Chava Rosenfarb (1923–2011) was one of the most prominent Yiddish novelists of the second half of the twentieth century. Born in Poland in 1923, she survived the Lodz ghetto, Auschwitz, and Bergen-Belsen, immigrating to Canada in 1950 and settling in Montreal. There she wrote novels, poetry, short stories, plays, and essays, including The Tree of Life: A Trilogy of Life in the Lodz Ghetto, a seminal novel on the Holocaust. Confessions of a Yiddish Writer and Other Essays comprises thirteen personal and literary essays by Rosenfarb, ranging from autobiographical accounts of her childhood and experiences before and during the Holocaust to literary criticism that discusses the work of other Jewish writers. The collection also includes two travelogues, which recount a trip to Australia and another to Prague in 1993, the year it became the capital of the Czech Republic. While several of these essays appeared in the prestigious Yiddish literary journal Di goldene keyt, most were never translated. This book marks the first time that Rosenfarb's non-fiction writings have been presented together in English. A compilation of the memoir and diary excerpts that formed the basis of Rosenfarb's widely acclaimed fiction, Confessions of a Yiddish Writer and Other Essays deepens the reader's understanding of an incredible Yiddish woman and her experiences as a survivor in the post-Holocaust world.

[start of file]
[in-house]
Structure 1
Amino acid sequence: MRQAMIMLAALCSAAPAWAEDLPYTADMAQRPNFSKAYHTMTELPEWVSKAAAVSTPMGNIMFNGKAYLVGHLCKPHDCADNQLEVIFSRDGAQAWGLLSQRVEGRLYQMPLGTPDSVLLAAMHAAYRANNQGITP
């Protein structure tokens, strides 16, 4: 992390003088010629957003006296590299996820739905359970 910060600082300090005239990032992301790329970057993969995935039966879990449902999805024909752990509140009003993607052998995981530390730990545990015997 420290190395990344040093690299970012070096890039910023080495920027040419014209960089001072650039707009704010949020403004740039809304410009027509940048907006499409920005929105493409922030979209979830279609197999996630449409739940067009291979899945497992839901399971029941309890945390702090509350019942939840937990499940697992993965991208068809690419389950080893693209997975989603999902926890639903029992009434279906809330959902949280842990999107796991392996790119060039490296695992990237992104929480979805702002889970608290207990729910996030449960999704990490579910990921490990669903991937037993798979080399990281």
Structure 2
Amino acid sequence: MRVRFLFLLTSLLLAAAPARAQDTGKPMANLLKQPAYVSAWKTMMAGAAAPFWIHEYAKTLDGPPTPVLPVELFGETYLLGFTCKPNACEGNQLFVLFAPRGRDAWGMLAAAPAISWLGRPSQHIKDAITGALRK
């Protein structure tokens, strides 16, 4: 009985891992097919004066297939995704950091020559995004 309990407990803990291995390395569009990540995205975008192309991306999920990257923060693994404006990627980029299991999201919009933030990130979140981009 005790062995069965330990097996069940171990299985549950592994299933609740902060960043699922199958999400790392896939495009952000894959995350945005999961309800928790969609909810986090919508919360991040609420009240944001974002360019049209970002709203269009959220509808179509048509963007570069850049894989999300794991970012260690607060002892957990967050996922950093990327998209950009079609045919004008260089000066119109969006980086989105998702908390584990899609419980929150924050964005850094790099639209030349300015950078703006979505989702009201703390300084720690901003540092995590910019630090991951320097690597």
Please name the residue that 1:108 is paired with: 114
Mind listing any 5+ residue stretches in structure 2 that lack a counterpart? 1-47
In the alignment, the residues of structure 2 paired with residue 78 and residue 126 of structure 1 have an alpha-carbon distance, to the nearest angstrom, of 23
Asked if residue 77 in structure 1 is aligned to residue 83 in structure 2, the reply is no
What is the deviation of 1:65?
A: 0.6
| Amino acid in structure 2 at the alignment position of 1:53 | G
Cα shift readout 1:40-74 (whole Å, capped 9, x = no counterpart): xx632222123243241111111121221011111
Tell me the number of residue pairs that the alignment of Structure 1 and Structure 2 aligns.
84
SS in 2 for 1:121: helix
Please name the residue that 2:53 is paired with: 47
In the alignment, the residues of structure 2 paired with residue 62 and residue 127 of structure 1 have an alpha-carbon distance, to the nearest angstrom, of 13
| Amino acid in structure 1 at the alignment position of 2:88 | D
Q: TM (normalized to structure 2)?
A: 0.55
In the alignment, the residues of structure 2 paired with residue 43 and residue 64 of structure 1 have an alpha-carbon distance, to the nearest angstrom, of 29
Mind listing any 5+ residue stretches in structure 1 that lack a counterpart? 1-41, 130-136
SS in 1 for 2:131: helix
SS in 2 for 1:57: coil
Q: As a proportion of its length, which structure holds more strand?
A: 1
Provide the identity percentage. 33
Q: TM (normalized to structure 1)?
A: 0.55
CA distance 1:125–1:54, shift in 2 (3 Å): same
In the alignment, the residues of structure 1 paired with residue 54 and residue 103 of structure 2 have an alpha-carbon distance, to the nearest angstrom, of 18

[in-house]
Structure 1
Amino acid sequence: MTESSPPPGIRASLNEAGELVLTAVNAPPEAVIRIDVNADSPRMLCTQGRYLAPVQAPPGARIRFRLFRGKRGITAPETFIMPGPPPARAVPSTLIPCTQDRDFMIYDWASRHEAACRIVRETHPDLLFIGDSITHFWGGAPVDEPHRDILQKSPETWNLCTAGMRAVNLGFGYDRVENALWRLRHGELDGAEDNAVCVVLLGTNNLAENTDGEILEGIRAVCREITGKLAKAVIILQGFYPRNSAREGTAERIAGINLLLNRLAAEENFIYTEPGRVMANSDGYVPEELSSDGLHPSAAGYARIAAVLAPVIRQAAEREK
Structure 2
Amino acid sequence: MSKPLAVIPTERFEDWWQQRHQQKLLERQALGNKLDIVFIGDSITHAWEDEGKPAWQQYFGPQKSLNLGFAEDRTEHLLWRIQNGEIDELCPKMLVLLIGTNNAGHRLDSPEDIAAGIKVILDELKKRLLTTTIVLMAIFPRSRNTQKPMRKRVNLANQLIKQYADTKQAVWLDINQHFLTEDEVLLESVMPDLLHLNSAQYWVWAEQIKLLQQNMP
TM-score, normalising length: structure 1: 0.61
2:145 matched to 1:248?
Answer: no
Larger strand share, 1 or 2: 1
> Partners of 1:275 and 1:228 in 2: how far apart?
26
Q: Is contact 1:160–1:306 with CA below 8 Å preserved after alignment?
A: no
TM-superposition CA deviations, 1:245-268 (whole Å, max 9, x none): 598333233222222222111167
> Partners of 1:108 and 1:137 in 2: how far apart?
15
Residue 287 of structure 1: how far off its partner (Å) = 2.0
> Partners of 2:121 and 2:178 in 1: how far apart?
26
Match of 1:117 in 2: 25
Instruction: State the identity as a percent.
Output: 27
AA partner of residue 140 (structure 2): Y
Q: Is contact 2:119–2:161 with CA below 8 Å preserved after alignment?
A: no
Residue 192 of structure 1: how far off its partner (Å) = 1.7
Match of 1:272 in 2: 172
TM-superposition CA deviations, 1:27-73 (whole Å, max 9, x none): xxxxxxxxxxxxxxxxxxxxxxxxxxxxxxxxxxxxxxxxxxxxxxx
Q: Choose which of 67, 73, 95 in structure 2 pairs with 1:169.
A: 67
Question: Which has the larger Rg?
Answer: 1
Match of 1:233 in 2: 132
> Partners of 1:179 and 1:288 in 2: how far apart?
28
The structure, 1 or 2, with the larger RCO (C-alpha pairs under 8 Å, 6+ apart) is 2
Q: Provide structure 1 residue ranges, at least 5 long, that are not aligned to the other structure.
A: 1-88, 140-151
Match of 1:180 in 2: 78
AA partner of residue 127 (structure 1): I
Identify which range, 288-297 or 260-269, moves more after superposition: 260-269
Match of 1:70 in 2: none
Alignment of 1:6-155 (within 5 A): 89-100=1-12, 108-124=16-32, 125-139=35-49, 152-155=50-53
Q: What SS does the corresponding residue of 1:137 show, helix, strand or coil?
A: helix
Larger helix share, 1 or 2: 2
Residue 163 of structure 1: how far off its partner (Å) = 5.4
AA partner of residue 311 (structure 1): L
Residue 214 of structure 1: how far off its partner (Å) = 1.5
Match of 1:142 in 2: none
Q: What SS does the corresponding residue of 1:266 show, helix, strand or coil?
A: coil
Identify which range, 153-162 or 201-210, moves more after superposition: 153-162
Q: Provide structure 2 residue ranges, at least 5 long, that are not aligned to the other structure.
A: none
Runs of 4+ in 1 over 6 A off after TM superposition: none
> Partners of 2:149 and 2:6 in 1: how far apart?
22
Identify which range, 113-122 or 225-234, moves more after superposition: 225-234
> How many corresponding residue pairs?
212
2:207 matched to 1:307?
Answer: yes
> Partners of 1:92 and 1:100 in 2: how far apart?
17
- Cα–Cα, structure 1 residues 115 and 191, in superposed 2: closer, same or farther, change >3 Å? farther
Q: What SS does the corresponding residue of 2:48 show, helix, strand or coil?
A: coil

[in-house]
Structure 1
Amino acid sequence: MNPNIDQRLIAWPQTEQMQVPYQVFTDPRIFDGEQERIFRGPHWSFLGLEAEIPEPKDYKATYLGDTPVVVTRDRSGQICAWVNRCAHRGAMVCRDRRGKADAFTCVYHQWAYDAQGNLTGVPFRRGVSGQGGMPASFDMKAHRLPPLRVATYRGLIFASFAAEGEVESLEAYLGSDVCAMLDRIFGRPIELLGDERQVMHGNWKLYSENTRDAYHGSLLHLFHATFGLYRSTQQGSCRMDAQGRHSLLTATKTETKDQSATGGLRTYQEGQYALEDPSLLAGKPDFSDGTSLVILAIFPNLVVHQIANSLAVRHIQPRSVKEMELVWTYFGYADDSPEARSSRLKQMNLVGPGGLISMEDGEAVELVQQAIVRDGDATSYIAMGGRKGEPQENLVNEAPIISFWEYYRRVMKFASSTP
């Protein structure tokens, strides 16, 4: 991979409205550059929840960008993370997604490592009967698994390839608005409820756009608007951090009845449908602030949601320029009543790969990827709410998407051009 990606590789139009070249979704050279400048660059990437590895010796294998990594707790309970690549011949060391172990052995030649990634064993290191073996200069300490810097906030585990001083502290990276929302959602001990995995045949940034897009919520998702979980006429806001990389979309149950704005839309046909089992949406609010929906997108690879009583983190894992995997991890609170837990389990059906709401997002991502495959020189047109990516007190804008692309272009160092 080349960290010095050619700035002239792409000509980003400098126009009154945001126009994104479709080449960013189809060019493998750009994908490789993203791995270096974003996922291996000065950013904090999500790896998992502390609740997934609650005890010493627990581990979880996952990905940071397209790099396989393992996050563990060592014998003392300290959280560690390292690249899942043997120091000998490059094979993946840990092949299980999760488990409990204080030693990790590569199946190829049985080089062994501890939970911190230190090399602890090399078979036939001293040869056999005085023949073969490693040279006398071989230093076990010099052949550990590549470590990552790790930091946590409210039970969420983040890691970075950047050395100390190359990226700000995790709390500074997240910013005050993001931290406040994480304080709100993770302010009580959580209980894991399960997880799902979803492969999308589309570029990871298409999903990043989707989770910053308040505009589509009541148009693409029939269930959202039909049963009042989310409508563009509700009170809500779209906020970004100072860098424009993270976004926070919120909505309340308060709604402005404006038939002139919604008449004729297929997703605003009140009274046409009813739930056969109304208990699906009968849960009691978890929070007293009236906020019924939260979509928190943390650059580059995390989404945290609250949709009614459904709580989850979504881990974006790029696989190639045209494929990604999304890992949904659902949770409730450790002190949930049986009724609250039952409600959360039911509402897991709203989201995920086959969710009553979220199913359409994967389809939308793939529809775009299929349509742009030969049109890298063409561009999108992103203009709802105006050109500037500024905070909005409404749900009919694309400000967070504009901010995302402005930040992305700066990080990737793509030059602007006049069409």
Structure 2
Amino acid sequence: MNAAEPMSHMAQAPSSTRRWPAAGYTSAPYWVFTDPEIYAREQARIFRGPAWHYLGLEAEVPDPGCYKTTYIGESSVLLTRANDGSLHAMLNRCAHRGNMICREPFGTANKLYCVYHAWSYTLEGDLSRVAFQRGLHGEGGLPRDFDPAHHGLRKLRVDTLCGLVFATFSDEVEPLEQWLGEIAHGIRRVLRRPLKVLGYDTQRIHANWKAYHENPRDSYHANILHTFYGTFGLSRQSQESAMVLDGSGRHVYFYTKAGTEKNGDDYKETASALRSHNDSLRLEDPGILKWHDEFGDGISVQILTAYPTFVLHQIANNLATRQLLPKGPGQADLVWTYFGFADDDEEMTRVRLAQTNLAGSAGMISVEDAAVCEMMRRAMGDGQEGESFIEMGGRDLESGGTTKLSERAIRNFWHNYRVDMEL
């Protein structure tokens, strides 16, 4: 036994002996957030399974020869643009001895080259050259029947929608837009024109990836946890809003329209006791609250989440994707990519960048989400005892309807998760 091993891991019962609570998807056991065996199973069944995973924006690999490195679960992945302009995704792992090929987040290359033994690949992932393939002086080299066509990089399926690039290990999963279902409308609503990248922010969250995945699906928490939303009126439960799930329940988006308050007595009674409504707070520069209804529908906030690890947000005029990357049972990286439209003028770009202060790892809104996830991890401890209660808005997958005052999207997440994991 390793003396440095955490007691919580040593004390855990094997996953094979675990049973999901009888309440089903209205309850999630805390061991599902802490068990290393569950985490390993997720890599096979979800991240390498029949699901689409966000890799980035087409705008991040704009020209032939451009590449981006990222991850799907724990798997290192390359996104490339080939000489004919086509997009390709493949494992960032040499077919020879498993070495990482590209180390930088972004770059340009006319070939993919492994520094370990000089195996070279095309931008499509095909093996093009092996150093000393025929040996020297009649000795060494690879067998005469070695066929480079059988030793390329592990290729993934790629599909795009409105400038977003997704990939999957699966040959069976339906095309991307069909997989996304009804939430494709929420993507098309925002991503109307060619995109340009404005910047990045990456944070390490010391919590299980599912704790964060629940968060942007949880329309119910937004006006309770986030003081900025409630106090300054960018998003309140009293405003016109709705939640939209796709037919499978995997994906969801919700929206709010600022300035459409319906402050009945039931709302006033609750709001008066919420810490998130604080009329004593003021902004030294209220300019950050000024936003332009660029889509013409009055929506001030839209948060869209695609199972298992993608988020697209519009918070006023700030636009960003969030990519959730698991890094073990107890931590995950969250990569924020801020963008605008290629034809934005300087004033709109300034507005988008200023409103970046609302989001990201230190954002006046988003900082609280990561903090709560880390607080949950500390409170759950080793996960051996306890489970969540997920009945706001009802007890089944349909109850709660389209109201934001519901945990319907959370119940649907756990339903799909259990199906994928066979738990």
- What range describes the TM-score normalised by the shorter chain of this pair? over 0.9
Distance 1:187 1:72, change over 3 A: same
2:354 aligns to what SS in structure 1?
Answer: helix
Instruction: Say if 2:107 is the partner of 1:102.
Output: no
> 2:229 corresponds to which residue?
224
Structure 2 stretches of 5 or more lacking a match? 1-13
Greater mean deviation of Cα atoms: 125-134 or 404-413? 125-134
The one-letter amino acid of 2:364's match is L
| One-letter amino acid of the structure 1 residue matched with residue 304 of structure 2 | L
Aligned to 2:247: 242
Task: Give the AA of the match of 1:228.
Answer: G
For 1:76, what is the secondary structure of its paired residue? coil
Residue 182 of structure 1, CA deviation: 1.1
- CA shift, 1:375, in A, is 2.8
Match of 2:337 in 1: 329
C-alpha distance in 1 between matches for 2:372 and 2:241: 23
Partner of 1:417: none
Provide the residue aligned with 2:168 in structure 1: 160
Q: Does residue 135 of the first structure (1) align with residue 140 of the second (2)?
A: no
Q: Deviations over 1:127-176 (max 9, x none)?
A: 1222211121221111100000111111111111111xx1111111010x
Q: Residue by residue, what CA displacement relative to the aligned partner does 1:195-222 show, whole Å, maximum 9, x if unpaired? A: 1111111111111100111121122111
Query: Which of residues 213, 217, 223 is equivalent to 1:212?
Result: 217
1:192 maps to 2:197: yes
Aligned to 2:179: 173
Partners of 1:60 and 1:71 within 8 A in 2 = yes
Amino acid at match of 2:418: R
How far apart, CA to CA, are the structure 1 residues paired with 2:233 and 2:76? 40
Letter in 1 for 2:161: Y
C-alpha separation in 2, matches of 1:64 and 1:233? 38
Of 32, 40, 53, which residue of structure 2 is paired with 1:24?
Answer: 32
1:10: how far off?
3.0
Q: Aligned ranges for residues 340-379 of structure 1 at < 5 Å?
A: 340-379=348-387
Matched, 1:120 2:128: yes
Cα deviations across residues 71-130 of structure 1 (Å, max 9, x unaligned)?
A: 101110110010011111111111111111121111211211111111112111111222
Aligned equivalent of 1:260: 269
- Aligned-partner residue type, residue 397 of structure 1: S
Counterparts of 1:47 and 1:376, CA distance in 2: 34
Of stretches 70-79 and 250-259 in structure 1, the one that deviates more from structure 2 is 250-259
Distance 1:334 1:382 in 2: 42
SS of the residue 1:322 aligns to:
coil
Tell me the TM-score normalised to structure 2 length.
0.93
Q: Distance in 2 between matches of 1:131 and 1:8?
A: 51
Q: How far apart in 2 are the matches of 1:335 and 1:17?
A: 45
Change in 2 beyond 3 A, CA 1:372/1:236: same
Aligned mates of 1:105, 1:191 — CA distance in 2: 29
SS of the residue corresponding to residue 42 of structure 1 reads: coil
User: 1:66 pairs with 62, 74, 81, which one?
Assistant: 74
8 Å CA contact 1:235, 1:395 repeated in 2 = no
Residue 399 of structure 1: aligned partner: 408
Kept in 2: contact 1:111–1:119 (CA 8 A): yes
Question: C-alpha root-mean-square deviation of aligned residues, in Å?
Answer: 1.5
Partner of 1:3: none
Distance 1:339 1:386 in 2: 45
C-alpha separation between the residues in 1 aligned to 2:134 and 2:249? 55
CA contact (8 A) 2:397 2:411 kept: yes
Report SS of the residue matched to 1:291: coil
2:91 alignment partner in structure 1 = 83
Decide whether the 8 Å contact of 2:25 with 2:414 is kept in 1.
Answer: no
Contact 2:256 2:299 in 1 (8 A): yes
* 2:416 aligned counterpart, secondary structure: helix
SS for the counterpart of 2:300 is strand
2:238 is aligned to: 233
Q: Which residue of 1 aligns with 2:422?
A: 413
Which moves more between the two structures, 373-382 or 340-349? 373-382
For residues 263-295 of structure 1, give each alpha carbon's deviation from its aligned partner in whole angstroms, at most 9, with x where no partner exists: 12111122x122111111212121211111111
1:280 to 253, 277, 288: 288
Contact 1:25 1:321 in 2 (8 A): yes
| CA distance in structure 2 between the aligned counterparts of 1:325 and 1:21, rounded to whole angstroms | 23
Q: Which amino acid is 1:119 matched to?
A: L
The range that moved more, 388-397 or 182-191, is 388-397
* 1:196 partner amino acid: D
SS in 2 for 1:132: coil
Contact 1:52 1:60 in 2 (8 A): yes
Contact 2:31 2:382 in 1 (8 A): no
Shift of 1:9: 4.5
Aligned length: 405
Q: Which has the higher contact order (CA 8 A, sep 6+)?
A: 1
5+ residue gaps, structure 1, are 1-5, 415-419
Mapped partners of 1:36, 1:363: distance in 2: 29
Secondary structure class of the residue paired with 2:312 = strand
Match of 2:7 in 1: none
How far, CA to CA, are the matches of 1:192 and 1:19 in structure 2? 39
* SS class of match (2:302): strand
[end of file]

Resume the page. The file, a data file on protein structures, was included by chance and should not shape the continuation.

Chava Rosenfarb (1923–2011) was a Jewish-Canadian novelist and the recipient of numerous literary prizes, including the Itzik Manger Prize, Israel's highest award for Yiddish literature. Goldie Morgentaler is professor of English at the University of Lethbridge.
"Written in a clear and compelling style and mapping the inner life of a prolific writer, Confessions of a Yiddish Writer and Other Essays includes many of the most important personal and literary essays by Chava Rosenfarb." Jan Schwarz, Lund University
"Original in perspective, range, and tone, Confessions of a Yiddish Writer and Other Essays offers a powerful and remarkable presentation of Holocaust-related memoir and careful readings of key Yiddish and European writers in Chava Rosenfarb's own personal and effective way." Norman Ravvin, Concordia University